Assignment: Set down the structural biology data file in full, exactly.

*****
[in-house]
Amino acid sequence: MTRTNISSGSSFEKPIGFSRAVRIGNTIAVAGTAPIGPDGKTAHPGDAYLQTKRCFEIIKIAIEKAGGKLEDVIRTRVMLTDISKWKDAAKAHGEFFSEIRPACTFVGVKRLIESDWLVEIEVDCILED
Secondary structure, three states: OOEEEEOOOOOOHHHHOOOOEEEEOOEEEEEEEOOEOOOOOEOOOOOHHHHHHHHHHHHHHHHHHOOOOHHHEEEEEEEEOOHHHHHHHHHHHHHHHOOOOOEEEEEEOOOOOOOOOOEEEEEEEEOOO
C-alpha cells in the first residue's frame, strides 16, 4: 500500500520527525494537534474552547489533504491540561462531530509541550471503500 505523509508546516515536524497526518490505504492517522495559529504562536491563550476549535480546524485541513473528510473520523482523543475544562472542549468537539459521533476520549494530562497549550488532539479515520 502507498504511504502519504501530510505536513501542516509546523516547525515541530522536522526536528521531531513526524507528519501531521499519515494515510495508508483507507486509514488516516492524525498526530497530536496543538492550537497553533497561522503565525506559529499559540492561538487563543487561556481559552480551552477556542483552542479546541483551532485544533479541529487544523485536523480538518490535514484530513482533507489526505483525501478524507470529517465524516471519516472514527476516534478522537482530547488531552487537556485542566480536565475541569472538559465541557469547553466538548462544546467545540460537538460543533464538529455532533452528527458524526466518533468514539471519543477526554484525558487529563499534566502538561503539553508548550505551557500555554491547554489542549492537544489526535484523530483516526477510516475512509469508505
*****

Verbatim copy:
[in-house]
Amino acid sequence: MTRTNISSGSSFEKPIGFSRAVRIGNTIAVAGTAPIGPDGKTAHPGDAYLQTKRCFEIIKIAIEKAGGKLEDVIRTRVMLTDISKWKDAAKAHGEFFSEIRPACTFVGVKRLIESDWLVEIEVDCILED
Secondary structure, three states: OOEEEEOOOOOOHHHHOOOOEEEEOOEEEEEEEOOEOOOOOEOOOOOHHHHHHHHHHHHHHHHHHOOOOHHHEEEEEEEEOOHHHHHHHHHHHHHHHOOOOOEEEEEEOOOOOOOOOOEEEEEEEEOOO
C-alpha cells in the first residue's frame, strides 16, 4: 500500500520527525494537534474552547489533504491540561462531530509541550471503500 505523509508546516515536524497526518490505504492517522495559529504562536491563550476549535480546524485541513473528510473520523482523543475544562472542549468537539459521533476520549494530562497549550488532539479515520 502507498504511504502519504501530510505536513501542516509546523516547525515541530522536522526536528521531531513526524507528519501531521499519515494515510495508508483507507486509514488516516492524525498526530497530536496543538492550537497553533497561522503565525506559529499559540492561538487563543487561556481559552480551552477556542483552542479546541483551532485544533479541529487544523485536523480538518490535514484530513482533507489526505483525501478524507470529517465524516471519516472514527476516534478522537482530547488531552487537556485542566480536565475541569472538559465541557469547553466538548462544546467545540460537538460543533464538529455532533452528527458524526466518533468514539471519543477526554484525558487529563499534566502538561503539553508548550505551557500555554491547554489542549492537544489526535484523530483516526477510516475512509469508505